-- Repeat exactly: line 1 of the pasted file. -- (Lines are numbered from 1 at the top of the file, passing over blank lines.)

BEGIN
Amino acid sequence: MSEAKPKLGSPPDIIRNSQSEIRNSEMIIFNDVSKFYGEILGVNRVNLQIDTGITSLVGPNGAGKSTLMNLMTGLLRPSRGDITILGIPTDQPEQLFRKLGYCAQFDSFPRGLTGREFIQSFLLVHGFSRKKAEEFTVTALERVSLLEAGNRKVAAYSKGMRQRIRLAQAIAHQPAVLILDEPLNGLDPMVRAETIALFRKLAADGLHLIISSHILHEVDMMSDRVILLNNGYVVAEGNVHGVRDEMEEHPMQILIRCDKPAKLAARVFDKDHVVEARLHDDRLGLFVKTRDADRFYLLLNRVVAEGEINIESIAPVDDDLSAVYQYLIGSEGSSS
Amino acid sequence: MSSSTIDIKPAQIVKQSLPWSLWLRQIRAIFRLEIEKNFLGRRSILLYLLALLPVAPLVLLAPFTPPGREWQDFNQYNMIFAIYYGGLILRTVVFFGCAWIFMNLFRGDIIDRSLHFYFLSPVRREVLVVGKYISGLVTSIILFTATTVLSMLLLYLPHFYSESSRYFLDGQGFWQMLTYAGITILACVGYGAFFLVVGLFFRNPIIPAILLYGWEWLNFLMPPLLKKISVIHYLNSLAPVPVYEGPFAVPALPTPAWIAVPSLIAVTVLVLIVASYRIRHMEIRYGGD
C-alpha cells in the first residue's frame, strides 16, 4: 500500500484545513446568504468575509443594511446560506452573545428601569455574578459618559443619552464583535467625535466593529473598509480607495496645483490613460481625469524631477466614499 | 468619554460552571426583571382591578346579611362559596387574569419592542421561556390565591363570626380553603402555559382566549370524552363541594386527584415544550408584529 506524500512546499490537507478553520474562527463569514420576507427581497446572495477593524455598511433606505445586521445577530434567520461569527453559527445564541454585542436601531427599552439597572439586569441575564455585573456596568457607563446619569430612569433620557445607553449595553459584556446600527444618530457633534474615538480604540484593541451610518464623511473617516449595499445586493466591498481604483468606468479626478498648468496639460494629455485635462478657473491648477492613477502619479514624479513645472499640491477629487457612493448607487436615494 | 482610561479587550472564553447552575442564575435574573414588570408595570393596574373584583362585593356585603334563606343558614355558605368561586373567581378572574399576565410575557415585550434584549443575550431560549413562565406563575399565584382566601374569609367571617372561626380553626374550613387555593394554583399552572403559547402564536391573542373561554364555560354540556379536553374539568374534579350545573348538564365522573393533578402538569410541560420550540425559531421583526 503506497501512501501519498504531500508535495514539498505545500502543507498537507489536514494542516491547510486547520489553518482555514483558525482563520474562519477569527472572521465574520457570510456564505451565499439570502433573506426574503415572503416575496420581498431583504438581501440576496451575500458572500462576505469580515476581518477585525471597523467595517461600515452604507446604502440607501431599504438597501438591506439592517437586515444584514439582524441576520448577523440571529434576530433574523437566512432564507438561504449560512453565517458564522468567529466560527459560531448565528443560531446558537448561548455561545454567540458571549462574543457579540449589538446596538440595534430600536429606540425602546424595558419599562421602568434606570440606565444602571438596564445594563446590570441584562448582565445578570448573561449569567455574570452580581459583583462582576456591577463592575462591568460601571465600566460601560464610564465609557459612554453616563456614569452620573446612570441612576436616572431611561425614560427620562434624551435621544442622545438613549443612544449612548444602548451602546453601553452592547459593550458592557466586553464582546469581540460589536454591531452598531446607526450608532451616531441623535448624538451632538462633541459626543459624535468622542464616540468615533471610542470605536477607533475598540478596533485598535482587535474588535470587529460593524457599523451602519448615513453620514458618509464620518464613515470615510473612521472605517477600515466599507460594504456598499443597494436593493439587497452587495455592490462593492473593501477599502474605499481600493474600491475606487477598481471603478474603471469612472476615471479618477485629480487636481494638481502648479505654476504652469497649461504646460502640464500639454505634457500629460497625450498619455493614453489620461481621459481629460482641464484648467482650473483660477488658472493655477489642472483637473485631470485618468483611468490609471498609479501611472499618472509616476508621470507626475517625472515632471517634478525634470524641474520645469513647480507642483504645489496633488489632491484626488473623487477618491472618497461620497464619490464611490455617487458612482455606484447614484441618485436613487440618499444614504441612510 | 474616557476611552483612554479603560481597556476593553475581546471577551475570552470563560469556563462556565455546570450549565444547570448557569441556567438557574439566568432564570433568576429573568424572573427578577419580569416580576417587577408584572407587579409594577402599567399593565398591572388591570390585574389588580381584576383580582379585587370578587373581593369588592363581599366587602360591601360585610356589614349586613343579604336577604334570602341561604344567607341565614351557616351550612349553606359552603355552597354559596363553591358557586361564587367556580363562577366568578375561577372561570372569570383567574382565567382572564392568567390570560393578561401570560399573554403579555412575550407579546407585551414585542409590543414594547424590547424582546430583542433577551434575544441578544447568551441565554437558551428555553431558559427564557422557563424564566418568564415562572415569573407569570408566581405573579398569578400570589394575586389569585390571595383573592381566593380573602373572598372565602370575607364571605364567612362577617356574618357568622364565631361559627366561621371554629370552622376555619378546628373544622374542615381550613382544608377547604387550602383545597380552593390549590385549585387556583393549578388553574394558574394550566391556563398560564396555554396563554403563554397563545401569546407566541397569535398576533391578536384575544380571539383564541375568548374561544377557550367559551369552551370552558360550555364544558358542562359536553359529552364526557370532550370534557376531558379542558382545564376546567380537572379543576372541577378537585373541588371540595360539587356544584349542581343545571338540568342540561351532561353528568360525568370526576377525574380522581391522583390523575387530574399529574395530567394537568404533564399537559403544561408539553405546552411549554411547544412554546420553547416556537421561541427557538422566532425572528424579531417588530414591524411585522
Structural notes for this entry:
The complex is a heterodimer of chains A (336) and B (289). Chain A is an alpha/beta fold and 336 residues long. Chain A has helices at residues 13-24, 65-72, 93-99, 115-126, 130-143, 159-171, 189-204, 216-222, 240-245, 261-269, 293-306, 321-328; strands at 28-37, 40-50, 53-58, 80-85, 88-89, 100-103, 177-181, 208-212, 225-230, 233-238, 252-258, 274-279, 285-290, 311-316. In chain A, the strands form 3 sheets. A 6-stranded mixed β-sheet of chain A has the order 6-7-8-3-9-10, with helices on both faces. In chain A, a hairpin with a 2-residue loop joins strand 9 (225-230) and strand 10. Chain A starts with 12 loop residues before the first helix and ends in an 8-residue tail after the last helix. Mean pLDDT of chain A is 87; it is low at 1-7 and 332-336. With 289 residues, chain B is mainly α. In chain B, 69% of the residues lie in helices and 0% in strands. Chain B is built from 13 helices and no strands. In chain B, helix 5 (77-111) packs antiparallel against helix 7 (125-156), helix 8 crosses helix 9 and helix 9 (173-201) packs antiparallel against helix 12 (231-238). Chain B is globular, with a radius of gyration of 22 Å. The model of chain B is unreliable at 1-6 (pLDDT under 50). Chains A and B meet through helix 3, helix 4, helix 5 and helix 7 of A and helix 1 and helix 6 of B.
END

Amino acid sequence: MSEAKPKLGSPPDIIRNSQSEIRNSEMIIFNDVSKFYGEILGVNRVNLQIDTGITSLVGPNGAGKSTLMNLMTGLLRPSRGDITILGIPTDQPEQLFRKLGYCAQFDSFPRGLTGREFIQSFLLVHGFSRKKAEEFTVTALERVSLLEAGNRKVAAYSKGMRQRIRLAQAIAHQPAVLILDEPLNGLDPMVRAETIALFRKLAADGLHLIISSHILHEVDMMSDRVILLNNGYVVAEGNVHGVRDEMEEHPMQILIRCDKPAKLAARVFDKDHVVEARLHDDRLGLFVKTRDADRFYLLLNRVVAEGEINIESIAPVDDDLSAVYQYLIGSEGSSS